Senator Van Pelt chairs Public Health CommitteeSPRINGFIELD – Even after cutting programs for AIDS, prostate cancer and Sudden Infant Death Syndrome, the Illinois Department of Public Health still would need to cut an additional $20 million in programs to help balance the governor’s proposed budget, state senators learned Tuesday.

“I’m stunned Gov. Rauner didn’t consult with his own public health director about cuts to vital programs that would be needed to balance his own budget plan,” said Senator Patricia Van Pelt (D-Chicago), chairwoman of the Senate’s Public Health Committee.

“Every state agency across the board would need to cut spending by 20 percent to achieve the balanced budget the governor wants. Those kinds of cuts in public health would have dire consequences, and people deserve to know what those cuts could be.”

Members of the Public Health Committee heard from Illinois Public Health Director Nirav Shah, who identified $3.85 million in cuts – far less than the reductions needed to achieve the savings Gov. Rauner requires. Shah told the panel he could cut $3 million from the AIDS drug assistance program, $143,000 from a prostate cancer awareness fund, $470,000 from the University of Illinois-Chicago and $240,000 from the Sudden Infant Death Syndrome awareness program.

The governor’s budget proposal includes $115 million for public health.

“Gov. Rauner has been begging lawmakers to give him the authority to make line-item budget cuts. Clearly, he’s not up to the task,” Van Pelt said.

Shah agreed to return to the committee next week with a list of $23 million in public health department cuts required to balance the governor’s proposed budget.

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040214cm0270SPRINGFIELD – State Senator Patricia Van Pelt (D-Chicago) is pleased to have had the opportunity to vote in support of an Illinois General Assembly bill that approved federal appropriations for a variety of state programs, totaling over $7.65 billion.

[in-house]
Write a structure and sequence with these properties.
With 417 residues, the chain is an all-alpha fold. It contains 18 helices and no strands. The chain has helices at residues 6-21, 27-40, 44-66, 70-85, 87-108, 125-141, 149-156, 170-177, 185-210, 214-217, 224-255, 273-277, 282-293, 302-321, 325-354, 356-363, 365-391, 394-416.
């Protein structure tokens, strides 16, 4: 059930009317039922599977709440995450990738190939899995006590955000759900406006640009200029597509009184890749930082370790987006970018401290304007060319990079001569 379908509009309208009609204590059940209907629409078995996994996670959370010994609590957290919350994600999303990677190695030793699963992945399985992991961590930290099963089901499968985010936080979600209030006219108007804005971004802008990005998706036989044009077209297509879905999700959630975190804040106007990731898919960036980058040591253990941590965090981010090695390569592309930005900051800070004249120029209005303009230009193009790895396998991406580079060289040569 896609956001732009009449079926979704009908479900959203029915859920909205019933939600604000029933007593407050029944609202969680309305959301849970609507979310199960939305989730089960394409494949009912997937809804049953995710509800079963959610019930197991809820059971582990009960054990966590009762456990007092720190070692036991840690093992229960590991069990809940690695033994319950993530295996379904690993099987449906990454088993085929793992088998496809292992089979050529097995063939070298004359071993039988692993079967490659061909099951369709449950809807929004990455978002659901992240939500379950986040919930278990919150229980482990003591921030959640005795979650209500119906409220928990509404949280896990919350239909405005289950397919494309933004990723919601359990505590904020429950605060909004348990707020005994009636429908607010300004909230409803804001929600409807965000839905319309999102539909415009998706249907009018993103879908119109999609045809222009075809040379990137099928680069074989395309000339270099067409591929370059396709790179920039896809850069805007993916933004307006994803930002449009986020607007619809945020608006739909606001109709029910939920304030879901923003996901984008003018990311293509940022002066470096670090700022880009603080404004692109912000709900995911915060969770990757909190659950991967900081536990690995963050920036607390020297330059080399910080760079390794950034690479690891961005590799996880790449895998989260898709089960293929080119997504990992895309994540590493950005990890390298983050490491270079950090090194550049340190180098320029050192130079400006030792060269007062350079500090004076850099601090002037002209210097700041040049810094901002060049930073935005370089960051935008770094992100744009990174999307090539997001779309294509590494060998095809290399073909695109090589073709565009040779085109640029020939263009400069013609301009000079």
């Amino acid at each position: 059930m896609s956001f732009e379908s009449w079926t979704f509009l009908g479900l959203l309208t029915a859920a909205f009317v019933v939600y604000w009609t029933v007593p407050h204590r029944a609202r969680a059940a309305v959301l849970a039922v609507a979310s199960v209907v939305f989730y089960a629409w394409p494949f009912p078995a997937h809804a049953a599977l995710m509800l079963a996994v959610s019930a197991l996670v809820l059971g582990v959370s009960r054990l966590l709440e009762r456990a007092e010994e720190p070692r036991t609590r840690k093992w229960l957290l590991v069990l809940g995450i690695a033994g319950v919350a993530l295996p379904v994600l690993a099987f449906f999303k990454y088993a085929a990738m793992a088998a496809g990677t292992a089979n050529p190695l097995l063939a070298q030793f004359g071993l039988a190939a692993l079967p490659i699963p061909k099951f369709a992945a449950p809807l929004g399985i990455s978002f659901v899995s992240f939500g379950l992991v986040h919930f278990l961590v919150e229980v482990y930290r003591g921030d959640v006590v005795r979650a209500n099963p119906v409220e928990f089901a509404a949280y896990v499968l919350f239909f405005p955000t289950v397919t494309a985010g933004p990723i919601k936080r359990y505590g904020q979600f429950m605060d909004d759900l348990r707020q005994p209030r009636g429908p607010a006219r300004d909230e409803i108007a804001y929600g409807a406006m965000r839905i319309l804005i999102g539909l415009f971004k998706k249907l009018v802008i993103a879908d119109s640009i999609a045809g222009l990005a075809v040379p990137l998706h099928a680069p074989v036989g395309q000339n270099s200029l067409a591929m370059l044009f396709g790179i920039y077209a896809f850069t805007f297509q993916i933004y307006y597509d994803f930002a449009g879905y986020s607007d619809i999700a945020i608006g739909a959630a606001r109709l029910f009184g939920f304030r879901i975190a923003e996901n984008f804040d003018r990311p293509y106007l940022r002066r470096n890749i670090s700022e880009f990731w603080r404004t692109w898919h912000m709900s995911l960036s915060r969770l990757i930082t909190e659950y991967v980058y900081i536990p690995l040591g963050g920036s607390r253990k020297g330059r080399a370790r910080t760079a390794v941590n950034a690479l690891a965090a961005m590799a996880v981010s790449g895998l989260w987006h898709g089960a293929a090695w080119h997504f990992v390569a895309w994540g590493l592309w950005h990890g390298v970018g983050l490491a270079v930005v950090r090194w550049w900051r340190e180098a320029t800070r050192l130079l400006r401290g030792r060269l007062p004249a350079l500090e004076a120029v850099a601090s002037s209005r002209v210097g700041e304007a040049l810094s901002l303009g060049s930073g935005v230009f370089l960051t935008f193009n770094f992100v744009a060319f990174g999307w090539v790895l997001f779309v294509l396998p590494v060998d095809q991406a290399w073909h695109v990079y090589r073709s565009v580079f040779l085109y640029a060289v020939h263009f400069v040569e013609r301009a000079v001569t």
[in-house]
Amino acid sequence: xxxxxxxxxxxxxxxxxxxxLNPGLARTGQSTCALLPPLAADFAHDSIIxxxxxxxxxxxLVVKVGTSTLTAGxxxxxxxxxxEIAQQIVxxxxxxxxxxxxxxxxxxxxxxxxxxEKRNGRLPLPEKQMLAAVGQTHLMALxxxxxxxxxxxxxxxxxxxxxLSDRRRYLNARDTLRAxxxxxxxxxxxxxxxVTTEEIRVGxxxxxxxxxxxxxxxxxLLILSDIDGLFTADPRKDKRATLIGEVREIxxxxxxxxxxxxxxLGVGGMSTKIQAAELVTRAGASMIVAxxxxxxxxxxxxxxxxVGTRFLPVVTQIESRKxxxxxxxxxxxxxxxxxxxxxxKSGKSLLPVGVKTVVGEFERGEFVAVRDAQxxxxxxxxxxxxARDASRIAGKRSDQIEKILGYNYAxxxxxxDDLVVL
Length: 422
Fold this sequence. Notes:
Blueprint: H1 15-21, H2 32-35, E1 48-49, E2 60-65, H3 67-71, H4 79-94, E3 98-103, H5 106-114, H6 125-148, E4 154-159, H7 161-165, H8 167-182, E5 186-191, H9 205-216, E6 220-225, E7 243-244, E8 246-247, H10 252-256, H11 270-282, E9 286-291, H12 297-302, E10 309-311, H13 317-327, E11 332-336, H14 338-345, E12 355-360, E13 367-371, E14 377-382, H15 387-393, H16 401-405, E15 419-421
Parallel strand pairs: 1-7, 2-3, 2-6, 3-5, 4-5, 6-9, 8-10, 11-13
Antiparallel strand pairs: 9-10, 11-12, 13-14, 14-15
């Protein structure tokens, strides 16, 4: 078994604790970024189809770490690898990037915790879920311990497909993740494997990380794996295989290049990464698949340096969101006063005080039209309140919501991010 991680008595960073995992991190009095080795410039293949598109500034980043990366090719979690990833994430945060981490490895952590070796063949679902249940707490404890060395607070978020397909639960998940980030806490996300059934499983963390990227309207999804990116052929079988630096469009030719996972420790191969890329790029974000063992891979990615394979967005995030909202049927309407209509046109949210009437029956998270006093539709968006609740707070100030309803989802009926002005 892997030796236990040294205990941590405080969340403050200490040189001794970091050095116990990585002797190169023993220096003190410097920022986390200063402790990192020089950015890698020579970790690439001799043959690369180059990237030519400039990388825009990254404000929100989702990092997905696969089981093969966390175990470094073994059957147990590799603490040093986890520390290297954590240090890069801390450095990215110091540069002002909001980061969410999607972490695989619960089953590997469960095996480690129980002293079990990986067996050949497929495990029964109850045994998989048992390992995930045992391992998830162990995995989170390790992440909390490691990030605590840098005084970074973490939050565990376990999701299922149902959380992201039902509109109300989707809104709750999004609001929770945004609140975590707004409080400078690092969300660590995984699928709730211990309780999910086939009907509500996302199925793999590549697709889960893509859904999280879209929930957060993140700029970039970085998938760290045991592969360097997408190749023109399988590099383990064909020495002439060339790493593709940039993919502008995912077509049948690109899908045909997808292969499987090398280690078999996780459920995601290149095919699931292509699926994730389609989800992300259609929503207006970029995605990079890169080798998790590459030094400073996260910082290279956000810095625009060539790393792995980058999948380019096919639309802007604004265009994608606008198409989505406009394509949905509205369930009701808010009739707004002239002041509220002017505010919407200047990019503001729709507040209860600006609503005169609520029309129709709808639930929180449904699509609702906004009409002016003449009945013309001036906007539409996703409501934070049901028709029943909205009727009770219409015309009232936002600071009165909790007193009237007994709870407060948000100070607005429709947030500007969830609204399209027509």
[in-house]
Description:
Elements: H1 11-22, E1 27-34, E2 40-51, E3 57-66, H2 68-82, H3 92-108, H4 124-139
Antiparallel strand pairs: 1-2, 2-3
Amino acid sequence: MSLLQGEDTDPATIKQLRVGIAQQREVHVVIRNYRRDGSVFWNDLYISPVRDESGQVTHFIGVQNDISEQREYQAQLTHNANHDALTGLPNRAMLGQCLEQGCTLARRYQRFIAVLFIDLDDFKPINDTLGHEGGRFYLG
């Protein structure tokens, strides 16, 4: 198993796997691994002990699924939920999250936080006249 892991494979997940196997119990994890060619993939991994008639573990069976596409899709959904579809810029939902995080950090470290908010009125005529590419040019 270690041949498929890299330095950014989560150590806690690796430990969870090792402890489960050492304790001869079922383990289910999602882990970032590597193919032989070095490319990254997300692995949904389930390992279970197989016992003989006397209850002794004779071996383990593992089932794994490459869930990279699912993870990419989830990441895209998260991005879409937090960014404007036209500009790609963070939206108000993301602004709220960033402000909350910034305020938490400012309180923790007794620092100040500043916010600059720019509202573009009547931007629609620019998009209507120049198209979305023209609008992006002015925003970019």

Senate Bill 2042 allows the state government to spend federal money on an assortment of programs. Included in the federal funding are dollars for community block grants for municipalities, family and community services including the WIC program, as well as funds to help homeless veterans, continue with breast and cervical cancer screenings, and home-delivered meals for the Department on Aging.

“With the passage of this legislation, a large portion of our state budget will be funded. Many of these important programs were in danger of closing due to the current budget impasse. I’m proud to have been in Springfield to vote for this legislation and I’m very pleased it has passed the Illinois Senate,” Senator Van Pelt said.

The legislation comes as the Illinois General Assembly and the governor’s office continue negotiations on a new state budget. The governor vetoed the appropriations legislation sent to him by the General Assembly in May that would have avoided the current stalemate.

Senate Bill 2042 will now head to the House of Representatives for consideration.

“I urge my colleagues in the House to pass this legislation to help keep these valuable state services continuing and also urge the Governor to sign the bill into law once it gets to his office,” Van Pelt said.

052015CM0953CHICAGO – A national organization whose mission is to help put a stop to modern day slavery in the United States will get help from the state as it works to fight human trafficking. A measure sponsored in the Illinois Senate by State Senator Patricia Van Pelt (D-Chicago) was recently signed into law that will help promote the National Human Trafficking Resource Center’s hotline, designed to directly help victims of this horrible crime.